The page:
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Edge Of Darkness [Blu-ray]

Price: £6.09 & FREE Delivery in the UK on orders over £10. Details
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Product details

  • Actors: Mel Gibson, Ray Winstone
  • Directors: Martin Campbell
  • Format: DVD-Video
  • Language: English
  • Subtitles For The Hearing Impaired: English
  • Region: Region B/2 (Read more about DVD/Blu-ray formats.)
  • Aspect Ratio: 16:9 - 1.78:1
  • Number of discs: 1
  • Classification: 15
  • Studio: Icon Home Entertainment
  • DVD Release Date: 14 Jun. 2010
  • Run Time: 126 minutes
  • Average Customer Review: 3.7 out of 5 stars  See all reviews (101 customer reviews)
  • Amazon Bestsellers Rank: 31,552 in DVD & Blu-ray (See Top 100 in DVD & Blu-ray)


Political thriller based on the award-winning 1980s BBC series. Thomas Craven (Mel Gibson) is a veteran homicide detective for the Boston Police Department and a single father. When his only child, 24-year-old Emma (Bojana Vovakovic) is murdered on the steps of his home, it is generally assumed that he was the target. But Craven has reasons to suspect otherwise, and embarks on a mission to find out about his daughter's secret life as a political activist, which takes him into the dark and dangerous territory of government collusion and corporate cover-ups. Ray Winstone and Danny Huston co-star.

Customer Reviews

3.7 out of 5 stars

Most Helpful Customer Reviews

4 of 4 people found the following review helpful By Spike Owen TOP 500 REVIEWER on 6 Dec. 2013
Format: DVD
Edge of Darkness is directed by Martin Campbell and adapted to screenplay by William Monahan and Andrew Bovell from the 1985 BBC television series of the same name written by Troy Kennedy Martin. It stars Mel Gibson, Ray Winstone, Danny Huston, Bojana Novakovic and Jay O. Sanders. Music is by Howard Shore and cinematography by Phil Meheux.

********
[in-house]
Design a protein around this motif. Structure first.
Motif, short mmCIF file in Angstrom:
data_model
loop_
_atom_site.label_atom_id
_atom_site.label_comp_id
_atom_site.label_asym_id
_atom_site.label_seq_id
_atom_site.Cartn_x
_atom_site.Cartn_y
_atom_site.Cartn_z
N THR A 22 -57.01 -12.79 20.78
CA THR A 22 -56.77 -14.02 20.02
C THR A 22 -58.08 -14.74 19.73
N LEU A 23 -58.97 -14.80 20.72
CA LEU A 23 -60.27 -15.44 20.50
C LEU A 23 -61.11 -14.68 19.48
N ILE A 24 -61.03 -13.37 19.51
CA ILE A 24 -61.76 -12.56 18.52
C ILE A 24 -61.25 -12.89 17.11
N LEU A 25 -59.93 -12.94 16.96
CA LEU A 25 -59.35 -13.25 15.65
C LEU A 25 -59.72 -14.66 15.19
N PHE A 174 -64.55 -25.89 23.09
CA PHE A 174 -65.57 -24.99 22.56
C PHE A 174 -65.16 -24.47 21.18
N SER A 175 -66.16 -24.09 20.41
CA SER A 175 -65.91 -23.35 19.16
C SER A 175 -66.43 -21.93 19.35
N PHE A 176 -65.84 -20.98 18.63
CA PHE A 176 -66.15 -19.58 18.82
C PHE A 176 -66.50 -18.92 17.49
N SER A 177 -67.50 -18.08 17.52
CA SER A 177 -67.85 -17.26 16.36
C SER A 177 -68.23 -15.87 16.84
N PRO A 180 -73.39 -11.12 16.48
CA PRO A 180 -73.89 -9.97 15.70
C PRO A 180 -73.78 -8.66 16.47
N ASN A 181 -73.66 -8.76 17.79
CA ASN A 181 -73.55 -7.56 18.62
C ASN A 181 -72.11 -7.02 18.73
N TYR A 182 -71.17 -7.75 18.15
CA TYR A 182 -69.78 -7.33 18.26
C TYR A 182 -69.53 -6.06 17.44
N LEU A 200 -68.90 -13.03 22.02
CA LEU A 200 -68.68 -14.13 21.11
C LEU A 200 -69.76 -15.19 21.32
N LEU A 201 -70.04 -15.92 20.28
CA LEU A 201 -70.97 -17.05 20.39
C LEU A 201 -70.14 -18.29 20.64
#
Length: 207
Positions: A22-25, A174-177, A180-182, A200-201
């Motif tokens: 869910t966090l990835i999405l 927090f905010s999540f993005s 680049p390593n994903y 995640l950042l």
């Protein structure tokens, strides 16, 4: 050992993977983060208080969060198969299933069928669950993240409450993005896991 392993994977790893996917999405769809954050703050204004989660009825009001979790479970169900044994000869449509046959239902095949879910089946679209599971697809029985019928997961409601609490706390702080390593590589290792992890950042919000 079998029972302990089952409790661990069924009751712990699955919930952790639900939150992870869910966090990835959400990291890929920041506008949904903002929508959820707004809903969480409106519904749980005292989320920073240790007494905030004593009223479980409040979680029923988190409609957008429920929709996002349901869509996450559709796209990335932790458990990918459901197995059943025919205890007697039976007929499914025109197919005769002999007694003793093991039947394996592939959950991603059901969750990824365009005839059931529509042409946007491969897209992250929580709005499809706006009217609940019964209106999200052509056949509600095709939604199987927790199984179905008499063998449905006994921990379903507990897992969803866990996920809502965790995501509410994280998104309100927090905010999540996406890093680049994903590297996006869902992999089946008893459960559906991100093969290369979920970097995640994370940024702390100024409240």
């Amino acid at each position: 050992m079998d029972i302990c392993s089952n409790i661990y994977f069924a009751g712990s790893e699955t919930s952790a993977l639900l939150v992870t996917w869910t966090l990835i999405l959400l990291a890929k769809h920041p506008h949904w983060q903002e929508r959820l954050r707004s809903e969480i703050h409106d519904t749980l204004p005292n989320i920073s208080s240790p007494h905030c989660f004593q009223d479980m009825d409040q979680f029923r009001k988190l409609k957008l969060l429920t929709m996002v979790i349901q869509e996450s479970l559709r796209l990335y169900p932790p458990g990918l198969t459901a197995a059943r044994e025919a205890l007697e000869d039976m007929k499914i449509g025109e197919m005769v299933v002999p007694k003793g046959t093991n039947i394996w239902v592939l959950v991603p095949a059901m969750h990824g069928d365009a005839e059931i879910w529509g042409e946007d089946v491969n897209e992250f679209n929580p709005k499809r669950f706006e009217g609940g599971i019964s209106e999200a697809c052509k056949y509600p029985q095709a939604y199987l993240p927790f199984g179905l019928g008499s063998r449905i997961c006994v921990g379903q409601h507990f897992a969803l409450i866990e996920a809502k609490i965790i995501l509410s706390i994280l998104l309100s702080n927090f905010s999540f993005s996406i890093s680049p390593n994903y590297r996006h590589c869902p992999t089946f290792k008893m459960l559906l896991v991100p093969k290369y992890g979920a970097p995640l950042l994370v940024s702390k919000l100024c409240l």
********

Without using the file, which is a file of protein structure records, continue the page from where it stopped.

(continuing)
Mel Gibson brings his emotive energy to the role of Thomas Craven, a Boston detective whose adult daughter is horrifyingly gunned down in front of him. As he investigates her slaying with revenge filled vigour, Craven is drawn into a deadly conspiracy from which he may never come out of.

It's too long at just under two hours in length, meaning director Campbell tends to pad things out with much exposition, and it is very talky. So it's something of a surprise that there are gaps left unfilled in the story. Huston's shifty suit isn't well drawn, neither is Winstone's wine swigging spy, while we are required to fill in the gaps as regards Thomas' absent wife and mother of Novakovic's assassinated daughter.

However, when the action scenes come they are very well staged by Campbell (GoldenEye/Casino Royale), and then of course there is Gibson. With all the furore and baggage that has followed Gibson around, it's sometimes gets forgotten what a great actor he can be. Here he brings real pain and vulnerability to the grieving father role, he has always been one of the best purveyors of believable grief in his generation of actors, and on such a thing does Edge of Darkness thrive.

As a whole it's unfocused and meandering, but Gibbo is on great form and that's actually enough to warrant a viewing. 7/10
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2 of 2 people found the following review helpful By Trevor Willsmer HALL OF FAMETOP 50 REVIEWER on 3 Nov. 2012
Format: Blu-ray